Q: How do you measure or assess the quality of the facilities you looked at?
A: Basically, we just judged the place by the location, the appearance of the building and its interior, and the amenities it offered.
Q: Is there anything else you would like to comment on or make suggestions to others looking for their first office?
A: I think it was a good investment. It makes the business seem more professional and credible. I also think it makes me more disciplined and productive.
In a SaaS world where tools are more integrated and customizable, are VARs going away? How do SaaS companies reach customers? How should we compensate sales people? As a sales person, how will I make money if I work for a SaaS company? At this roundtable discussion we will exchange tips and gotchas and provide a look at the impact on business models, teams and product development.
Tuesday April 8 2008, 11:30 – 1:00 pm
Plug & Play Tech Center 440 N Wolfe Rd Sunnyvale, California 94085
Cost for lunch: $20 After April 2 $30
click here to Register080408
About the Roundtable Leaders
At SKMurphy, he provides consulting for Software Startups focusing on Early Customer, Early Revenue
- Reviewing and defining product release and test strategies
- Developing test and development sandbox environments focusing on automated regressions and system level testing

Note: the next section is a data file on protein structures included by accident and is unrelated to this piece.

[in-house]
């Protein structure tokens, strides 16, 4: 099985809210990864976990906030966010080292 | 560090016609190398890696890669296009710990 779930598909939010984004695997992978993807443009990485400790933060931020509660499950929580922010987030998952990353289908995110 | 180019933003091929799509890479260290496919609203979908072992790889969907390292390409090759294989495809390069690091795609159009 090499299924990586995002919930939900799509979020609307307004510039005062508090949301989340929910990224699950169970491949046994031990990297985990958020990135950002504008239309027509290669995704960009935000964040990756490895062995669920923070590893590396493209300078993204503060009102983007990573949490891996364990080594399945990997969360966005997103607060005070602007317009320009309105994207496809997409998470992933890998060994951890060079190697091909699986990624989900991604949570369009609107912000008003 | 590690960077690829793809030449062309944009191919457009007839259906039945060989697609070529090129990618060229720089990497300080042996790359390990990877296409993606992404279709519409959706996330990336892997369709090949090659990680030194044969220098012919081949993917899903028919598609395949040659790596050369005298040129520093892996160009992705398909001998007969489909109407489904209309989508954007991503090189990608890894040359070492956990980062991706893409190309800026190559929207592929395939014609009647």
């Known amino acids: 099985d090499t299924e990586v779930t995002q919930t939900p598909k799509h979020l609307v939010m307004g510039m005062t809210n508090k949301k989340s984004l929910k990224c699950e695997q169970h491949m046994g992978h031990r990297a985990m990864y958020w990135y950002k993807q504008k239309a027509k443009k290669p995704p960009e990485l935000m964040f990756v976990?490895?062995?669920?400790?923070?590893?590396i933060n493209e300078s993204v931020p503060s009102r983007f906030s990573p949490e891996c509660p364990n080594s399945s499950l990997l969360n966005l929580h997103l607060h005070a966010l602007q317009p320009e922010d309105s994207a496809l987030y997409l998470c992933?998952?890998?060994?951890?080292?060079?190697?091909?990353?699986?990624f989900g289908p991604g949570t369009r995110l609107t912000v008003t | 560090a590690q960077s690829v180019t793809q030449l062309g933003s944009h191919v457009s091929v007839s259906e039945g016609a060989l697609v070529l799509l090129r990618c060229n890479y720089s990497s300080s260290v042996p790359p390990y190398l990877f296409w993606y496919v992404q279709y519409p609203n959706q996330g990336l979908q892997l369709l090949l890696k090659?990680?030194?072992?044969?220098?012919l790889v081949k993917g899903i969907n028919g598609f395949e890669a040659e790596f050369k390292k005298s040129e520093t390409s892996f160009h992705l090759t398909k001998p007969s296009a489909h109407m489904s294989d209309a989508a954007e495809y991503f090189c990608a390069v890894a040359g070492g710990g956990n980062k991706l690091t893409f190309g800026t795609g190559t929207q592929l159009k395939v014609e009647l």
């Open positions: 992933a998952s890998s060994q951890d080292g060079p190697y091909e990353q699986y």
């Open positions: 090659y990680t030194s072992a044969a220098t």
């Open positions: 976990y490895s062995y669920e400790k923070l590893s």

Prior to SKMurphy, Anthony was a Director at Cisco Systems. He managed the growth from 1 test engineer to a division of 280 employees in multiple sites, and 20,000 sq ft of test labs. Anthony holds a BA in Computer Science from University of California at San Diego.
Sean Murphy has taken an entrepreneurial approach to life since he could drive. He has served as an advisor to dozens of startups, helping them explore new options and bring their businesses to new levels. His firm, SKMurphy, Inc., focuses on early customers and early revenue for software startups, helping engineers to understand business development.
Prior to SKMurphy, Sean worked in a variety of areas including software engineering, engineering management, application engineering, business development, product marketing and customer support. He has worked at Cisco Systems, 3Com, AMD, MMC Networks, Escalade and VLSI Technology. Sean holds a BS in Mathematical Sciences and an MS in Engineering-Economic Systems from Stanford University.
Let’s hope the New Year finds us all healthy, surrounded by loved ones, and living up to our potential.
A quartet of quotes from Mignon McLaughlin to help kick off 2008
The time to begin most things was ten years ago.
Courage can’t see around corners, but goes around them anyway.
Every day of our lives we are on the verge of making those slight changes that would make all of the difference.
Don’t be yourself–be someone a little nicer.